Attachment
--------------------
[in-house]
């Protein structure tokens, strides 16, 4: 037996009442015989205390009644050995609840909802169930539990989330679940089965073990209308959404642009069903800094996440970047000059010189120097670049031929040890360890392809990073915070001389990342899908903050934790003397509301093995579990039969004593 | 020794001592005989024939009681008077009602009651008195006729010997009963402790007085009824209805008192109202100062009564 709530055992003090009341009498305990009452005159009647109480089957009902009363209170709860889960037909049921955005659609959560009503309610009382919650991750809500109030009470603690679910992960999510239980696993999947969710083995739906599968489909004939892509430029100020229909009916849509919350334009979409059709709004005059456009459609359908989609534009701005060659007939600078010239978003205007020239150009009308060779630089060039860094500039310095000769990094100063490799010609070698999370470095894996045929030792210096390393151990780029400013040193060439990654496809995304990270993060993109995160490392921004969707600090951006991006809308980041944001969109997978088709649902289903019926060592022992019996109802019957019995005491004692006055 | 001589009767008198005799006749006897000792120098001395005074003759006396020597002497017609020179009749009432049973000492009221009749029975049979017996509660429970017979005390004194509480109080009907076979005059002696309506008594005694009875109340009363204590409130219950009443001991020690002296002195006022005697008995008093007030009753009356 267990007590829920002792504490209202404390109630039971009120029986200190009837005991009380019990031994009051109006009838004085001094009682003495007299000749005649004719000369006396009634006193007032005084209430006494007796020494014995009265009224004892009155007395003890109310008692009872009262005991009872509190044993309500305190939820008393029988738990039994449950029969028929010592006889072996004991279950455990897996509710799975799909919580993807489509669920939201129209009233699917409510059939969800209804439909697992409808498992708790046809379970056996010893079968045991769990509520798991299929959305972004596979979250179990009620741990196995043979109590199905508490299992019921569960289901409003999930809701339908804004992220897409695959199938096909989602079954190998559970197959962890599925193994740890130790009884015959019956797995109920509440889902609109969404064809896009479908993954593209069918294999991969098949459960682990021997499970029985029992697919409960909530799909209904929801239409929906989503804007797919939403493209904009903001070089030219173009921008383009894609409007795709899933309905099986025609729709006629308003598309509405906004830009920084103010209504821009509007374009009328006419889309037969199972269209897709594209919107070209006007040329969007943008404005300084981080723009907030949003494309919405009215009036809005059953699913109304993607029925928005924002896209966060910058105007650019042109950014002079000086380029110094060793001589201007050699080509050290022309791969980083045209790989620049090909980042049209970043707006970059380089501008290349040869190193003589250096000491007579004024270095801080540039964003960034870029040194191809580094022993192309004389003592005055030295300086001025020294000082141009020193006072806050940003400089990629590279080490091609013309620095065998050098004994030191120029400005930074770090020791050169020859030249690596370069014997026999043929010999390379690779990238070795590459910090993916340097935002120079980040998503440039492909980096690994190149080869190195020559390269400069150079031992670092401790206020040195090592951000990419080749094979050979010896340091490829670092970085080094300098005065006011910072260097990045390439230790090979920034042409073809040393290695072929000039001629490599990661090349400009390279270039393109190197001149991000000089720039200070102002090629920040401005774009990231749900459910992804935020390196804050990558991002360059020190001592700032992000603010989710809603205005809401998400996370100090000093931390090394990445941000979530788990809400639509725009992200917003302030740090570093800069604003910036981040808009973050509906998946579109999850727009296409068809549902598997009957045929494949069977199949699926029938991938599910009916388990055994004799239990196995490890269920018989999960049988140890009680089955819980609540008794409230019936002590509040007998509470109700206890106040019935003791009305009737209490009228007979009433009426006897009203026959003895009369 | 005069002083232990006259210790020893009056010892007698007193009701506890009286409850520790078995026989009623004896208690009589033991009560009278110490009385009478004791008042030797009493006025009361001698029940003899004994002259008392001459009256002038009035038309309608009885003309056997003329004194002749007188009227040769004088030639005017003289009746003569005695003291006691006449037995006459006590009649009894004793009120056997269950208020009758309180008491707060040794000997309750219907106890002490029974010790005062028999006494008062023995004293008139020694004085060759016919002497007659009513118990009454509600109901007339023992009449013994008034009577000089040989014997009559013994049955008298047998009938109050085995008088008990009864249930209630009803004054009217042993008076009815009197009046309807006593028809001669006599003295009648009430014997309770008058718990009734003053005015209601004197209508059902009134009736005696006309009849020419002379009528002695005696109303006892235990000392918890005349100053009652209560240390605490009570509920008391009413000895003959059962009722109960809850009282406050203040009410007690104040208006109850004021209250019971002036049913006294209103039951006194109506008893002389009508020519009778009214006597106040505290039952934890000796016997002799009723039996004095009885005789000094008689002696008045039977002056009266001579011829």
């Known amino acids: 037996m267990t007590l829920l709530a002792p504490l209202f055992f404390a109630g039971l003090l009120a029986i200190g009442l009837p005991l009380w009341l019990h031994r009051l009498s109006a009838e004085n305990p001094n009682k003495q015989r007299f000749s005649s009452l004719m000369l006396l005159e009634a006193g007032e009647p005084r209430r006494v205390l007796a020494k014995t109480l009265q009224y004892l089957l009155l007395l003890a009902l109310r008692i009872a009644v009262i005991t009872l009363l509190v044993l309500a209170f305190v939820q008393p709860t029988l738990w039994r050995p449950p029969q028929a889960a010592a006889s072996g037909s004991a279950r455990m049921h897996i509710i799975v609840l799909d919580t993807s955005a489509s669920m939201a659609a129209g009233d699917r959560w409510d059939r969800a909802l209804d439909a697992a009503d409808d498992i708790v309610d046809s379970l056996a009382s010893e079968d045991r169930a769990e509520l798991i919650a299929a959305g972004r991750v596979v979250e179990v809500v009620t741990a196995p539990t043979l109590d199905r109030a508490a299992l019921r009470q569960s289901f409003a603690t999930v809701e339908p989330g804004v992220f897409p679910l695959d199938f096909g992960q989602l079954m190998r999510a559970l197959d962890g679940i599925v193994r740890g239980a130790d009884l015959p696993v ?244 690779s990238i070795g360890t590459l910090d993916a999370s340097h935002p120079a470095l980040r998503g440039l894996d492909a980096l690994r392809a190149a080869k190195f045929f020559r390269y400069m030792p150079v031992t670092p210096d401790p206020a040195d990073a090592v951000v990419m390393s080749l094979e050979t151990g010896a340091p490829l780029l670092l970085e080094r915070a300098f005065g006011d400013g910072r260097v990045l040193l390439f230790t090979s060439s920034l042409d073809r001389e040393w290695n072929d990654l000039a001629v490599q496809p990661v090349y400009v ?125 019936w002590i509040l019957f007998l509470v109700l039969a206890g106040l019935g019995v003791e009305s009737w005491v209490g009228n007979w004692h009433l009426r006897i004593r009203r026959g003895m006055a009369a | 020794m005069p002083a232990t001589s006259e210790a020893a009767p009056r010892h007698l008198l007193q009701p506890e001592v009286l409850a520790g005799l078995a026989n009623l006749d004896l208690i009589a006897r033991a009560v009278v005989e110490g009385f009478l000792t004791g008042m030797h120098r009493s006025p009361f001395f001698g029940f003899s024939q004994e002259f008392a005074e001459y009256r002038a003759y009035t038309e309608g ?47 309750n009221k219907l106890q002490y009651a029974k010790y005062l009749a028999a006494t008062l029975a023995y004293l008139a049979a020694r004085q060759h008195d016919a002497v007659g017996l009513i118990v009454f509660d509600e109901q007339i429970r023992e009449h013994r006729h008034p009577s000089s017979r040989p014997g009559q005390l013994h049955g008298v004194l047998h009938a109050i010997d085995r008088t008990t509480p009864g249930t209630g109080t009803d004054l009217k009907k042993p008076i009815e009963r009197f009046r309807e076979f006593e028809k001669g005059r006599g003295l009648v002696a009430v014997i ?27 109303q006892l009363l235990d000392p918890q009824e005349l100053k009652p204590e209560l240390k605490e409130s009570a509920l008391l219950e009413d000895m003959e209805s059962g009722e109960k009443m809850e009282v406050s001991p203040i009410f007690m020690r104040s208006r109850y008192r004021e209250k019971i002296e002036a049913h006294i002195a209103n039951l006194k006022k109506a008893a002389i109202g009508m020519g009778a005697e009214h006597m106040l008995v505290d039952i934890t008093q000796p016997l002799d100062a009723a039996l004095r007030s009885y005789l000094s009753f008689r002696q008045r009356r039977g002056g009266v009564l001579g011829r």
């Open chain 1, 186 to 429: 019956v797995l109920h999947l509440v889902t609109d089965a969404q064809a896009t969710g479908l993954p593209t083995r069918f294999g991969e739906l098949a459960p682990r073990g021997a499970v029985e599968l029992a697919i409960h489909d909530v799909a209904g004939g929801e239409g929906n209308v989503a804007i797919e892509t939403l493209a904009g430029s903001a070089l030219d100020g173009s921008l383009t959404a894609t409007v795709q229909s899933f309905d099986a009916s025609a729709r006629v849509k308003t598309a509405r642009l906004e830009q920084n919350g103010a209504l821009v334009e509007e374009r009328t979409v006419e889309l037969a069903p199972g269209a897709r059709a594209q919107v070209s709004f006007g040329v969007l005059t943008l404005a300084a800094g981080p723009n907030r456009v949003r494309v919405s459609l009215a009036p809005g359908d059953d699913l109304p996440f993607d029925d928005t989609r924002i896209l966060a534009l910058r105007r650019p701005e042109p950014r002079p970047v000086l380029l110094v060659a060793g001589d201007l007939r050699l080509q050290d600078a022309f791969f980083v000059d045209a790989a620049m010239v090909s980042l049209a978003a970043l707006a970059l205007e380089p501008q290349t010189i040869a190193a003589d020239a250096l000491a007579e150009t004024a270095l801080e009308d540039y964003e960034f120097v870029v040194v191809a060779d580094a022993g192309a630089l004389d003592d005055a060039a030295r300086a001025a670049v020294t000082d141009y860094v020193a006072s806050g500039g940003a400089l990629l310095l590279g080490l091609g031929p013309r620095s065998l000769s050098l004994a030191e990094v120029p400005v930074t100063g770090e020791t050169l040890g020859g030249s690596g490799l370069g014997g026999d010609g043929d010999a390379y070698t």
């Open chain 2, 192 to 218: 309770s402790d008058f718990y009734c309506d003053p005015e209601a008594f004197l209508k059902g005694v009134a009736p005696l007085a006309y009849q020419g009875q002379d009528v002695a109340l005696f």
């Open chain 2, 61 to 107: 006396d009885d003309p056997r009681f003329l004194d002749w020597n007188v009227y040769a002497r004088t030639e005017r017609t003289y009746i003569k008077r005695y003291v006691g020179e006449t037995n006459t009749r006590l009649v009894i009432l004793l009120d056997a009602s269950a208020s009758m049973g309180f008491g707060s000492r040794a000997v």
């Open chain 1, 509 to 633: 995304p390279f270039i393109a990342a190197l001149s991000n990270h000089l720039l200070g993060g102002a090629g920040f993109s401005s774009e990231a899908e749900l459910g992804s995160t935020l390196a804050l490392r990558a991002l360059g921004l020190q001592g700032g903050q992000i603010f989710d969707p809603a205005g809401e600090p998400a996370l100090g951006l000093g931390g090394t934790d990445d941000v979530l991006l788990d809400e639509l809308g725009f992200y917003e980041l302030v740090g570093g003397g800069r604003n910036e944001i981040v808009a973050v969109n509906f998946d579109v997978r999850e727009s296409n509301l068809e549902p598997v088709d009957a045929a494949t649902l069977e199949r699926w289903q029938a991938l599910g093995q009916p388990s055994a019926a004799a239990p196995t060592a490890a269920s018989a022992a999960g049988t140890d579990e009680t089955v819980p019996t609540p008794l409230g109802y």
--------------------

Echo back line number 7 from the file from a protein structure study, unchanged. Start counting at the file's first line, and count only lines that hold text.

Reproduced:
């Open chain 1, 509 to 633: 995304p390279f270039i393109a990342a190197l001149s991000n990270h000089l720039l200070g993060g102002a090629g920040f993109s401005s774009e990231a899908e749900l459910g992804s995160t935020l390196a804050l490392r990558a991002l360059g921004l020190q001592g700032g903050q992000i603010f989710d969707p809603a205005g809401e600090p998400a996370l100090g951006l000093g931390g090394t934790d990445d941000v979530l991006l788990d809400e639509l809308g725009f992200y917003e980041l302030v740090g570093g003397g800069r604003n910036e944001i981040v808009a973050v969109n509906f998946d579109v997978r999850e727009s296409n509301l068809e549902p598997v088709d009957a045929a494949t649902l069977e199949r699926w289903q029938a991938l599910g093995q009916p388990s055994a019926a004799a239990p196995t060592a490890a269920s018989a022992a999960g049988t140890d579990e009680t089955v819980p019996t609540p008794l409230g109802y």